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'Trouble with Harry' was Shirley MacLaine's first film role

'Trouble with Harry' was Shirley MacLaine's first film role

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Love old or unusual movies but never know when they're on? Here are several I recommend:

New this week: Who knew there was a treasure trove of classic films (with mostly beautiful prints) showing for free on YouTube? Yeah, I'm always a bit slow to the party. Starting this week I'll include this source of cinematic goodies as we cast our net for fun movies to watch.

The Trouble With Harry (1955): This strange black comedy from Alfred Hitchcock was Shirley MacLaine's first film role. She's in very good company, with John Forsythe, Edmund Gwenn, Mildred Natwick, Mildred Dunnock, and pre-Leave it to Beaver Jerry Mathers. All of these nice people inhabit a quiet New England town and they all have one problem -- an annoying corpse named Harry. This movie is worth seeing simply for the incredible photography of the autumn leaves, not to mention Bernard Hermann's fine score (his first for Hitchcock and the beginning of a beautiful partnership indeed). Though it's not a masterpiece like Vertigo, The Trouble With Harry is still worth a look for the curious.

Tuner Classic Movies, 10 a.m. Tuesday

Double feature: Sacrificing mothers!

Madame X (1966): Oh, the melodrama. Lana Turner stars in this gloriously glossy '60s remake of the old chestnut about the shady dame who gives up her chance at a better life for love. Lana Turner stars as Holly Parker, whose mother-in-law (Constance Bennett) just can't get over her wrong-side-of-the-tracks scent. What poor Lana goes through to protect her son is positively operatic, and the courtroom climax will have you reaching for the box of tissues. Don't miss this delightful weepie.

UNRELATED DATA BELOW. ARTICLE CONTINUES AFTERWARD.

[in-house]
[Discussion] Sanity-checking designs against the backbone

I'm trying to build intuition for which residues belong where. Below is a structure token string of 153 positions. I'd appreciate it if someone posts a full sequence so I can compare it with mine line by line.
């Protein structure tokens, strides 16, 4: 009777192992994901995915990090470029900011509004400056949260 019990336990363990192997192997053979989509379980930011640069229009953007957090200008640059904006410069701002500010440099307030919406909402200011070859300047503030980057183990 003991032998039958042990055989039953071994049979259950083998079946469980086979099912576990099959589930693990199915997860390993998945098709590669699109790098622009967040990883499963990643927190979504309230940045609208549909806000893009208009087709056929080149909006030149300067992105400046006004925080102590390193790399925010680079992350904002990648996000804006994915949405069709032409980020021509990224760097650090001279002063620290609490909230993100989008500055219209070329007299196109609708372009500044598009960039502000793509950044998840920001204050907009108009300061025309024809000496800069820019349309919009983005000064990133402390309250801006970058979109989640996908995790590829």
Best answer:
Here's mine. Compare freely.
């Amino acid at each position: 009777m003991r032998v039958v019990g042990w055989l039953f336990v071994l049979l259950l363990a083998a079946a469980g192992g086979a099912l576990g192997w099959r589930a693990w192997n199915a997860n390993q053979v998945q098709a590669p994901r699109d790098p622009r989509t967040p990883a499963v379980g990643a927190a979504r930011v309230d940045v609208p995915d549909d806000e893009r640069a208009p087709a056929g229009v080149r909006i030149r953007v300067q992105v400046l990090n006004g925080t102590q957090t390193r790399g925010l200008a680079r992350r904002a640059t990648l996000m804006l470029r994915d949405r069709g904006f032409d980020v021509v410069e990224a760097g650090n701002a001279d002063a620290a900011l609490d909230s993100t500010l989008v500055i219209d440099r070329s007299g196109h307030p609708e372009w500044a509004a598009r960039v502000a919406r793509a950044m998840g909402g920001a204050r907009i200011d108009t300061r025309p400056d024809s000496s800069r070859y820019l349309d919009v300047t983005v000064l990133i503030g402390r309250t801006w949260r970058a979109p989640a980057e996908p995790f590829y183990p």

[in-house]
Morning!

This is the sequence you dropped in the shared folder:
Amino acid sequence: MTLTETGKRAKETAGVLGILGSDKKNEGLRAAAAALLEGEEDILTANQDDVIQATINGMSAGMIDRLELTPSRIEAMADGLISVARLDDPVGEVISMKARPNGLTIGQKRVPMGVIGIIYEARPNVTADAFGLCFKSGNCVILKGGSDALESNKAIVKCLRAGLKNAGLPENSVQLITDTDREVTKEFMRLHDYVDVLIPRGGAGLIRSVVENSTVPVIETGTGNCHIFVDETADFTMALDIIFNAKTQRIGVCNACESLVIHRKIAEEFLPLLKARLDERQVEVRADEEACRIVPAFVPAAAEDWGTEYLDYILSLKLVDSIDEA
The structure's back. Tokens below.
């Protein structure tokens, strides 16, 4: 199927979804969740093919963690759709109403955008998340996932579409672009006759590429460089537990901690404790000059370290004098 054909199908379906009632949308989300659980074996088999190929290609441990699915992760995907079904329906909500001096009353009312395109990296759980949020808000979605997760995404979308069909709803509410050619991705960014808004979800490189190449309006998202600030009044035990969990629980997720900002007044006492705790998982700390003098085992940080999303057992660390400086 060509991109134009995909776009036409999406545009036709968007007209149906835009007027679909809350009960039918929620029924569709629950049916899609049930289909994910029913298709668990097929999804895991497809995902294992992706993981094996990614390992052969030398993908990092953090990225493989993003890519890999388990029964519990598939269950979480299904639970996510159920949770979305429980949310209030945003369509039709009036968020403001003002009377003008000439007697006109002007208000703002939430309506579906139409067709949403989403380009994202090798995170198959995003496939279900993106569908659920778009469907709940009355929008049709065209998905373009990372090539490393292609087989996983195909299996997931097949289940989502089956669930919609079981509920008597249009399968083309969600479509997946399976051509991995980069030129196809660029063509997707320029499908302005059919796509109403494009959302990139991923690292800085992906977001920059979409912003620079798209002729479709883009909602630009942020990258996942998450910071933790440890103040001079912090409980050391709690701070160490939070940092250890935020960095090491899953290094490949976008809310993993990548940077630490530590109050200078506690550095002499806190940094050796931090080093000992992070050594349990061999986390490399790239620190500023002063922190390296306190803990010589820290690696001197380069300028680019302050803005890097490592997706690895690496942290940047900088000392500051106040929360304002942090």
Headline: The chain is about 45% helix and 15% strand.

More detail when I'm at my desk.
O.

Turner Classic Movies, 7 p.m. Tuesday

Always Goodbye (1938): My love Barbara Stanwyck frequently played self-sacrificing mothers. This time around it involves a badly timed wedding-hour car crash, the world of high New York couture and one of the most insane Movie Elevator Coincidences I've ever seen. Featuring sturdy Herbert Marshall and charming Binne Barnes. Special mention to Cesar Romero, who plays a relentless Italian lothario who makes the Energizer Bunny look like one of those sloth-crossing-the-road videos. I keep muttering "Decaf, Cesar, decaf, dude," whenever he comes on screen. YouTube features a sparkling print with French subtitles.

Now available on YouTube.

Stronger (2017): I'm not a very big fan of Triumph of the Human Spirit movies. But I am a big fan of siblings Jake and Maggie Gyllenhaal. In Stronger, Jake plays Jeff Bauman, a real-life regular guy who had his legs blown off in the Boston Marathon Bombing. What I liked about this movie is that it works really hard to subvert the clich├ęs of the Triumph of the Human Spirit movies. Bauman finds himself a hero and a public figure and is emphatically uninterested in being either. Featuring champion thespians Tatiana Maslany (Orphan Black) and Miranda Richardson.

Now available on Amazon Video.

Trivia Question #717: Which of this week's performers starred in a big-budget adaptation of a video game?

Answer to Trivia Question #715: The heroically talented Amy Hohn (featured in Hitch and many other films and Broadway and stuff) was my roommate in New York in the 1980s, and is still my dear friend.

Bryan native Ray Ivey is a writer and movie fan in Hollywood, Calif. He would love to hear from you at You can also visit his blog at

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